It is not only the building that is equal to the best in the state for its purpose, but the manager, Mr. L. H. Allan has been successful in securing the same film service that is furnished at the American and Paramount Empress Theatres in Salt Lake.  The Paramount Empress pictures will be given at the Vogue on the evenings of Mondays, Tuesdays, Fridays, and Saturdays, while the American Theatre movies will be shown on the evenings of Wednesdays and Thursdays.   There will be a change of program every Monday, Wednesday, and Friday nights.

The producing companies of these pictures are Paramount service, the 'Famous Players,' the Luskey Photoplay Co.', and the 'Pallus Pictures', American Theatre service, 'Triangle Pictures.' In addition to those mentioned, the Keystone Comedies, 'Bray's Animated Cartoons” and one reel Pictographs or the “Magazine of the screen” will be shown.  A seven reel program will be given every night.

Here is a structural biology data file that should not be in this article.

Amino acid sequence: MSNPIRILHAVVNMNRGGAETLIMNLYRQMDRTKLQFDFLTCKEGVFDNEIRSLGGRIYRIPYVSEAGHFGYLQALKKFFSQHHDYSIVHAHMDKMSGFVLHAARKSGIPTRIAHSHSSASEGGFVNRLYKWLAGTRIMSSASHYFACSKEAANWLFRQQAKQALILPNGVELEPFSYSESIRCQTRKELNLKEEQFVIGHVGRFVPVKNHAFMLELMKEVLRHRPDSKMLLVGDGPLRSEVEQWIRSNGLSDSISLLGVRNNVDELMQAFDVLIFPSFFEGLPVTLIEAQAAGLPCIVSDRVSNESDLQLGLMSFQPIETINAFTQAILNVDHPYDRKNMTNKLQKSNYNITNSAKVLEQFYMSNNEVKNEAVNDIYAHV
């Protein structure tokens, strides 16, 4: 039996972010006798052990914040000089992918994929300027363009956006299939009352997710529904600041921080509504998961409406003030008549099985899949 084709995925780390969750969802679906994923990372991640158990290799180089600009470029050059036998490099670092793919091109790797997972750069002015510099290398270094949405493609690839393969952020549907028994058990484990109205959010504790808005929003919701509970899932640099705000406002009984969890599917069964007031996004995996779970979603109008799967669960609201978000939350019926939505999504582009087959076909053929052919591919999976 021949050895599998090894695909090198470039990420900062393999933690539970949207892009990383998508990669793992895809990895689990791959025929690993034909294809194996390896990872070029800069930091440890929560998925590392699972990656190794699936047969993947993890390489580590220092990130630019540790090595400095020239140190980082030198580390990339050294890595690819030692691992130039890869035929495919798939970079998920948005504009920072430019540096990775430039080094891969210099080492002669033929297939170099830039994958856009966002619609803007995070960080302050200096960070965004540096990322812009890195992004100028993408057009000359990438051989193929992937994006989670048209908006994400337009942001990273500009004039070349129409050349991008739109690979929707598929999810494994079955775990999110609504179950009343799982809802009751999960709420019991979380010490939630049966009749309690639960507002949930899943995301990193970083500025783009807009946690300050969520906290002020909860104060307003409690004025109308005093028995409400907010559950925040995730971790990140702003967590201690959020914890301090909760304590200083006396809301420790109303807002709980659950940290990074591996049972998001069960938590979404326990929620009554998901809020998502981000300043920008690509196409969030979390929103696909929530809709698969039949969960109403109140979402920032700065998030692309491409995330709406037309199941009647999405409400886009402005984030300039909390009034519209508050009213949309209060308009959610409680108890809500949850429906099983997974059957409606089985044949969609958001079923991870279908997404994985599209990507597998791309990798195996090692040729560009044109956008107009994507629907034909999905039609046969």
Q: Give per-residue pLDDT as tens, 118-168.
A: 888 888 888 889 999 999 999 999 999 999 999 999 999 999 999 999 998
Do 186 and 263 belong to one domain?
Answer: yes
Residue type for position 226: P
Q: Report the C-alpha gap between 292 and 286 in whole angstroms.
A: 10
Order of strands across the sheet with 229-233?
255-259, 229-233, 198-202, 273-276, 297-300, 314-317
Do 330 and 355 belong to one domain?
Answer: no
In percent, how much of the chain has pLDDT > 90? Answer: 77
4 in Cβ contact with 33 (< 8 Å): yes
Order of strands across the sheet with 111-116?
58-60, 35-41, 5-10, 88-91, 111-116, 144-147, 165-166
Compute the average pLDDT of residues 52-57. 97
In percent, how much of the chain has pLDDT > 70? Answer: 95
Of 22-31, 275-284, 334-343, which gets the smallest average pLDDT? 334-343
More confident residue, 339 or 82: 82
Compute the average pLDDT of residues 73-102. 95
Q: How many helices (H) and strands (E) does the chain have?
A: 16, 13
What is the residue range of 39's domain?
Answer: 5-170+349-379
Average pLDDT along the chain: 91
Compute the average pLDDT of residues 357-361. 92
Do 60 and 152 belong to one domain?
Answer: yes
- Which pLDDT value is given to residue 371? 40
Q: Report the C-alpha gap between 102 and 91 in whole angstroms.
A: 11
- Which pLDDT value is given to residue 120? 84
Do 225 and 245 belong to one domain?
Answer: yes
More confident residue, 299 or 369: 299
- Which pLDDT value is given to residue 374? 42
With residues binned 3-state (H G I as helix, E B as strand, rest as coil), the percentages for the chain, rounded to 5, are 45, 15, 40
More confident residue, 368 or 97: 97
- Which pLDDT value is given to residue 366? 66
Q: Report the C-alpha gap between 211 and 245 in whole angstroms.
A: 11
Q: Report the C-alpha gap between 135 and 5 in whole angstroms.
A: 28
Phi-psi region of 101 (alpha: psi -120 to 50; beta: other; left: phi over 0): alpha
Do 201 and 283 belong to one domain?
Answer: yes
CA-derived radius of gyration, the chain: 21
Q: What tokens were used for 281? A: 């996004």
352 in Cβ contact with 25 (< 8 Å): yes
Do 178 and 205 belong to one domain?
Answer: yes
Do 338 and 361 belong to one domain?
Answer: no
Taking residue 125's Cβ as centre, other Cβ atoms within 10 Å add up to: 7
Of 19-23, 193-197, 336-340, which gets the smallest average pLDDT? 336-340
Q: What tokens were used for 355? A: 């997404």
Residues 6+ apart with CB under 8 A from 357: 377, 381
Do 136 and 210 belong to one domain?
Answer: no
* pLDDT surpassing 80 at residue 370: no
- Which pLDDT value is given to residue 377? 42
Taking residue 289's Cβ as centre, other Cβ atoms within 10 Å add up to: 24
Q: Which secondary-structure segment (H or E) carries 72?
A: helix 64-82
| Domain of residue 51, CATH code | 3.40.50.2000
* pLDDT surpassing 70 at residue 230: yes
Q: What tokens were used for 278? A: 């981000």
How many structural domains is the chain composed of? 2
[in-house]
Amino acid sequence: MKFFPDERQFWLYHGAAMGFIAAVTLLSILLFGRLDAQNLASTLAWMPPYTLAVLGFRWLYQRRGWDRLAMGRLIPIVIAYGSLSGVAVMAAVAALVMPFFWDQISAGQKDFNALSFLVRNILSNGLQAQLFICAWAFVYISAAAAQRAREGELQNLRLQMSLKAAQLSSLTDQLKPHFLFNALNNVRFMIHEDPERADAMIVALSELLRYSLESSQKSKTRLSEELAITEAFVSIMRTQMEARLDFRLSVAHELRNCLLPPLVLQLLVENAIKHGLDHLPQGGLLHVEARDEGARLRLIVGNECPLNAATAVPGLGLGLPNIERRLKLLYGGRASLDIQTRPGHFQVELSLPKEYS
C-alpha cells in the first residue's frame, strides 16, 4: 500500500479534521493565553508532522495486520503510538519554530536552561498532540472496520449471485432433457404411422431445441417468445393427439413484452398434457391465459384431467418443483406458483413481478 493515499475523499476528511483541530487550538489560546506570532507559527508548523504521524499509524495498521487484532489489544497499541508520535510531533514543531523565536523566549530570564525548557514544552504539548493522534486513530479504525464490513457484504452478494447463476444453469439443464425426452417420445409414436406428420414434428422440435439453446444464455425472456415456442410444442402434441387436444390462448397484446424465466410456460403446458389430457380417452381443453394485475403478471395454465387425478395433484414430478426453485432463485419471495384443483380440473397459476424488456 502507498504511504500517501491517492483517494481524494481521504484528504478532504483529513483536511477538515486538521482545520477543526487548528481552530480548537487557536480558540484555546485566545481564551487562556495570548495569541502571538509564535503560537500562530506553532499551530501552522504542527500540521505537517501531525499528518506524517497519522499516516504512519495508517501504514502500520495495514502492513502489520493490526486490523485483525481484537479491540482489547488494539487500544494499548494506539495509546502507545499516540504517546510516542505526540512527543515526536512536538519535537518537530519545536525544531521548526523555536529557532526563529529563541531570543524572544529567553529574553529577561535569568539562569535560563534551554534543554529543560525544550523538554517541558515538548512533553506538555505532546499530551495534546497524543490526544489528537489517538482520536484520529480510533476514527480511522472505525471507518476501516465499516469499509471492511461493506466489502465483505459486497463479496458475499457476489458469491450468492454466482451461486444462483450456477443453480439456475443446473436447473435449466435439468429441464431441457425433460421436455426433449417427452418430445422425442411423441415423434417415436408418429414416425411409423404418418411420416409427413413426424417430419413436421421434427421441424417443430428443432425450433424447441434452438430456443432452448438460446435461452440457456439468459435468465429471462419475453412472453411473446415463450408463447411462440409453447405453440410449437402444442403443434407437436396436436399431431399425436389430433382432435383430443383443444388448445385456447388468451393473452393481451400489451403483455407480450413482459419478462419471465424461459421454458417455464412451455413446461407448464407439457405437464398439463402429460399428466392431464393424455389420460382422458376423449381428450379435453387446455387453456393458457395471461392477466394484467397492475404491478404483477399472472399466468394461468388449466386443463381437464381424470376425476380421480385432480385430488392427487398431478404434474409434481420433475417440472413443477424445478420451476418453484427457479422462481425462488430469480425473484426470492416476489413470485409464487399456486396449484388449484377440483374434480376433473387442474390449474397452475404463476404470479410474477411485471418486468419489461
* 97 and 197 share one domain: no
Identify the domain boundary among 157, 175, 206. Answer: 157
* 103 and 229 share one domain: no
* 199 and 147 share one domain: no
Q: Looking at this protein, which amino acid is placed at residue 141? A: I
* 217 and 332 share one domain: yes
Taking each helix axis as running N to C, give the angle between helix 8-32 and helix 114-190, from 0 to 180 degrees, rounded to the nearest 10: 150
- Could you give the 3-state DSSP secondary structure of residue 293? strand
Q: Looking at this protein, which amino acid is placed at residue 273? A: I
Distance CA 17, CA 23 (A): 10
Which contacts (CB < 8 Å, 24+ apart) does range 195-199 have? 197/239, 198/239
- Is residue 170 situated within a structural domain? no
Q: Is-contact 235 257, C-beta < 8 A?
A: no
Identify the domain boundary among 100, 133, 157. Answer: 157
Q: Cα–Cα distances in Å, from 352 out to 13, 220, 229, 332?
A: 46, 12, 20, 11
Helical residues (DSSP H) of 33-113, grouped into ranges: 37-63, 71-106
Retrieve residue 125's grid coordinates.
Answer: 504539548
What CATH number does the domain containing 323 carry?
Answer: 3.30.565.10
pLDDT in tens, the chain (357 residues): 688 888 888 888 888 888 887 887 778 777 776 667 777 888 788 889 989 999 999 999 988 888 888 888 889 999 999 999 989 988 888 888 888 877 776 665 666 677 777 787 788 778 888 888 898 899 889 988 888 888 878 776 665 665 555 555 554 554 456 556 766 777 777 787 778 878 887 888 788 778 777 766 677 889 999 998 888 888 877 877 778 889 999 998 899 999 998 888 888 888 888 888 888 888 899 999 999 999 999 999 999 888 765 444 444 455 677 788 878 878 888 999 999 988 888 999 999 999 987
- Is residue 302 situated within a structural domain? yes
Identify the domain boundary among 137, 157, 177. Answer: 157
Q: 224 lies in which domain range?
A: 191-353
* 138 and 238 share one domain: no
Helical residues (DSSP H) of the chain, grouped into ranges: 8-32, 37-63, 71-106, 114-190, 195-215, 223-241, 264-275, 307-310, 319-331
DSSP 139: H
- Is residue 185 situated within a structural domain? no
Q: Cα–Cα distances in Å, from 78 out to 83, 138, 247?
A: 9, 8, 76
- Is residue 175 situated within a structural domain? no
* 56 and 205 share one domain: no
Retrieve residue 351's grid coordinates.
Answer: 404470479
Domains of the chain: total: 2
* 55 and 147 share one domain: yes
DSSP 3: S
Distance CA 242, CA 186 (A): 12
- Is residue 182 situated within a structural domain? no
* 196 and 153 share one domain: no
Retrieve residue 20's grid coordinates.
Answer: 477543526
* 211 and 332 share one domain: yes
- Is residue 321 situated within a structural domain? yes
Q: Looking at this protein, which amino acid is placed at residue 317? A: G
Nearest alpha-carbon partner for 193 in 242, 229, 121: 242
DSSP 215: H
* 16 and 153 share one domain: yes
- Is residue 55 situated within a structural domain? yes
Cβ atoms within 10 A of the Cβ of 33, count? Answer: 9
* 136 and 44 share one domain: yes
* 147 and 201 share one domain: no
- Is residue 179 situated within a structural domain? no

For the opening program, tonight and tomorrow night, Mr. Allen has secured the same program that was used by the Paramount Empress Theatre, itself on the night it opened in Salt Lake City.  This program is the famous Mary Pickford success “Poor Little Peppina.”

It is an event of unusual importance to open a $30,000 Theatre, with improvements right up to the minute, with accessories equaled by but one theatre in the state and with choice film services culled from the two best circuits in the United States.

The manager has just received a telegram that states that the American Theatre is the only one in Utah that is using the Sturtevant ventilating system.  It is, however used extensively in theatres in the east.

It is now possible for residents of this part of the country to enjoy picture shows equal to any that may be seen in Salt Lake or Denver.